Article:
The most important task ahead is the implementation. We therefore attach special emphasis on the implementation, follow-up and monitoring processes.  Immediately after the Conference, my office had started working on the implementation strategy. Since, the Istanbul Programme of Action has mandated the OHRLLS to fully mobilize and coordinate all parts of the United Nations system; my office organized a brainstorming meeting engaging UN agencies including Bretton Woods Institutions, WTO, OECD and some Member States. We have developed a comprehensive Road Map based on the inputs received from the participants during the meeting as well as afterwards.

In the Road Map, we made an attempt to mobilize active and constructive engagement of all the development partners of LDCs.  We have illustrated the specific role of various actors in a targeted and time-bound manner. 

The inter-governmental mechanism will undertake activities related to the implementation, follow-up and monitoring of the Programme of Action at the national, regional and global levels. The first and foremost task would be the mainstreaming of the Programme of Action by LDCs in their national development strategies and by the development partners in their respective development cooperation strategies.

At the regional level, the United Nations regional commissions and agencies would undertake biennial reviews of the implementation of the Programme of Action in cooperation with sub-regional and regional development banks and intergovernmental organizations.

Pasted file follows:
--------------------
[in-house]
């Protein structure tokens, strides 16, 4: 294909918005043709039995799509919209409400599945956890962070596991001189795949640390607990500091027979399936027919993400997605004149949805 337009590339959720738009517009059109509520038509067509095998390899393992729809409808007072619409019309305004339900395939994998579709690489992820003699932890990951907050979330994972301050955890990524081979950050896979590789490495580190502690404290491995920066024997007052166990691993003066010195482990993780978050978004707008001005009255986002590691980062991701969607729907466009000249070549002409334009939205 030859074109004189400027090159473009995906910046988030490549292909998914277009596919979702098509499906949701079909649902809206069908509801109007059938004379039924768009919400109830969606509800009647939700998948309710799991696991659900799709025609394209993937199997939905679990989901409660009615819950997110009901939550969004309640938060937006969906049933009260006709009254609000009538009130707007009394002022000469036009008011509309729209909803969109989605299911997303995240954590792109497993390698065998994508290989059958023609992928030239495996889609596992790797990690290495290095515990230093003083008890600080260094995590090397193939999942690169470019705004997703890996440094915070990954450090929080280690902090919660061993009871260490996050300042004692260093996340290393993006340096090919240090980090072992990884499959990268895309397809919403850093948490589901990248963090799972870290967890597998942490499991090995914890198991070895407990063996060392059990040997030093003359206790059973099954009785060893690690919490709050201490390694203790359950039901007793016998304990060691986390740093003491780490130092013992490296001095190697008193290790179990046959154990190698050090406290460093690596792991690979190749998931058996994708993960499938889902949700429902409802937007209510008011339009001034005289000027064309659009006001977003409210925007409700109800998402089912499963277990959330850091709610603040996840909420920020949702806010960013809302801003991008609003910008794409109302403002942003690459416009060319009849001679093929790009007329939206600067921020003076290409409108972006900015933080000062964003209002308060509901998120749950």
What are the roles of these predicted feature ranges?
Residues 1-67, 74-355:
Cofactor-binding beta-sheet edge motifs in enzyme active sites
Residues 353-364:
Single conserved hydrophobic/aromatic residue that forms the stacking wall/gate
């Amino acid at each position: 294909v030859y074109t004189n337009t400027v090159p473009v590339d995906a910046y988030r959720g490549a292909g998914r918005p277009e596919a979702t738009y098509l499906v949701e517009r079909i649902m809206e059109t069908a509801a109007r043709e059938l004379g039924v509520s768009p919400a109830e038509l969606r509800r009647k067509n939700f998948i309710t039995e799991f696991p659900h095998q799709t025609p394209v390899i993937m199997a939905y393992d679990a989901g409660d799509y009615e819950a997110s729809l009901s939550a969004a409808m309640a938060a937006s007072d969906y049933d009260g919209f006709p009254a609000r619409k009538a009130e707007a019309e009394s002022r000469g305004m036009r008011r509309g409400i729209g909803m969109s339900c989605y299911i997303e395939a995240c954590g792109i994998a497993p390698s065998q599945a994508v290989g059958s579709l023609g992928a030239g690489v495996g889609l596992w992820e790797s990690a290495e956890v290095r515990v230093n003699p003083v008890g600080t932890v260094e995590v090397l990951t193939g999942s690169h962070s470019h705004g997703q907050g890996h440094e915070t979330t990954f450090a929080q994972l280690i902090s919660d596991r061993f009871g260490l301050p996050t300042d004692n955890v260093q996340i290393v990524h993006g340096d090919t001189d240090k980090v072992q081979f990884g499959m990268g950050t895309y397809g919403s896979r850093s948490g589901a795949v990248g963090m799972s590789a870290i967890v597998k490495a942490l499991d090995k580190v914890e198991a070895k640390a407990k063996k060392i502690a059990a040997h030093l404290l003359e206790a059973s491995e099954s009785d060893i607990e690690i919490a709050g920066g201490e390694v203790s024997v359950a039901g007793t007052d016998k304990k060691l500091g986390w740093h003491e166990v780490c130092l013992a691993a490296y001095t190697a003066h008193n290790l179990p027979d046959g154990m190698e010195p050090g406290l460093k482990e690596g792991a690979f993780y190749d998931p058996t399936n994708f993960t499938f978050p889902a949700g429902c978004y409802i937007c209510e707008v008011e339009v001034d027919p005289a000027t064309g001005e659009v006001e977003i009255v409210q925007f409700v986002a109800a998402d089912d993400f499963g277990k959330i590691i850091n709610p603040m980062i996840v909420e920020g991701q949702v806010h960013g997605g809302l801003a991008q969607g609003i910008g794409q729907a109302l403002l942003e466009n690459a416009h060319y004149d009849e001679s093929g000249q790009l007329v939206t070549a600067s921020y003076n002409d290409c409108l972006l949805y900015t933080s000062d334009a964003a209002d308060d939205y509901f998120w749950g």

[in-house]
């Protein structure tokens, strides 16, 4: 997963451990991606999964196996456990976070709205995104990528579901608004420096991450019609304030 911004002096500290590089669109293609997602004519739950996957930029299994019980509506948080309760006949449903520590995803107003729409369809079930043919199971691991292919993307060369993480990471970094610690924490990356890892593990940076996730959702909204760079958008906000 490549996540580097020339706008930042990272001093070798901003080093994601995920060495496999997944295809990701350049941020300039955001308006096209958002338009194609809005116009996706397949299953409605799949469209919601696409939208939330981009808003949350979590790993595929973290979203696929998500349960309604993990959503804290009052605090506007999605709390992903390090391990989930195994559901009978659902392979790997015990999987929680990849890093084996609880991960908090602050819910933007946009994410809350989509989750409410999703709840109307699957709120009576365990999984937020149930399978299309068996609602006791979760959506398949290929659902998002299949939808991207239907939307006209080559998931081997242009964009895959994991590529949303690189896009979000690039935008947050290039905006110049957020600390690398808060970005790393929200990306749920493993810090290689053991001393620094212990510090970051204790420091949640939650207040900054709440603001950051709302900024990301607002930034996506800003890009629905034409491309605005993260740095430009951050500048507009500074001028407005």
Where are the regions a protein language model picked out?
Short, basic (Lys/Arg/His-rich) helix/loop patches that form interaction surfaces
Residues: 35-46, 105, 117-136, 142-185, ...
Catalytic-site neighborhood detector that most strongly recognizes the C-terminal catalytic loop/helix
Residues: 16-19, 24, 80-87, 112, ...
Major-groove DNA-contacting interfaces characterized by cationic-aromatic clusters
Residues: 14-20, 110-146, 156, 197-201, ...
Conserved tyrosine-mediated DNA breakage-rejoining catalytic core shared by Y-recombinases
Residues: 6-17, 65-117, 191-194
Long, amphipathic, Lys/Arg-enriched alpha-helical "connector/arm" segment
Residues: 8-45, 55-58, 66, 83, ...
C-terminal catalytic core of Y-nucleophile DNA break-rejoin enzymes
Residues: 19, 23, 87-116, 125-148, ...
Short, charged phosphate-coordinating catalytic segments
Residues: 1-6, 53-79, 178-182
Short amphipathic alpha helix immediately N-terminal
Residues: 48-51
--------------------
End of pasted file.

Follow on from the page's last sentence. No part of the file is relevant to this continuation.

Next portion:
At the global level, both the General Assembly and the ECOSOC will monitor the implementation of the Programme of Action on an annual basis.

The United Nations funds and programmes and other multilateral organizations, including the Bretton Woods Institutions will contribute to the implementation of the Programme of Action including by integrating it into their work programmes. Some of them have already undertaken decisions to mainstream the Istanbul Programme of Action, such as UNDP, UNFPA, UNOPS, UNICEF, UN-WOMEN, UNCTAD and WIPO. ECOSOC resolution on LDCs this year has strongly invited all others to do the same. Various agencies are also organizing special events to ensure implementation of the IPoA. For instance, WMO is organizing a capacity building workshop in Benin for the national focal points of African LDCs, later this month. UNIDO is organizing an LDC Ministerial Meeting in Vienna in November on the theme entitled “LDCs structural transformation and UNIDO’s support in the context of the Istanbul Programme of Action”.  In compliance with the mandate of the Istanbul Programe of Action, my office will ensure necessary coordination and coherence of the activities undertaken by various agencies.

For the parliamentarians, we are developing a joint IPU/UN-OHRLLS project to promote parliamentary engagement in the implementation of the Istanbul Programme of Action.

We are charting a strategy to strengthen the engagement of the civil society and its organizations in the implementation process of the Istanbul Programme of Action.

For the private sector, we are planning to develop a platform for their continued engagement in the implementation, follow-up, monitoring and review of the Istanbul Programme of Action. The Private Sector Steering Committee has also agreed to form a Business Advisory Council for LDCs.

It is also important to prioritize LDC issues in major international conferences and summits in the economic, social and related fields such as the Busan High-level Forum on Aid Effectiveness, Rio+20 and COP 17 under UNFCCC.  We are organizing a side-event in Busan specially dedicated to LDCs.

In conclusion, I would urge upon all stakeholders to act promptly and decisively. With our dedicated and concerted efforts, it is possible to achieve the overarching goal of the Istanbul Programme of Action to enable half the number of LDCs reach the stage of graduation by 2020. Let us work together to achieve this goal.

I thank you all for your kind attention.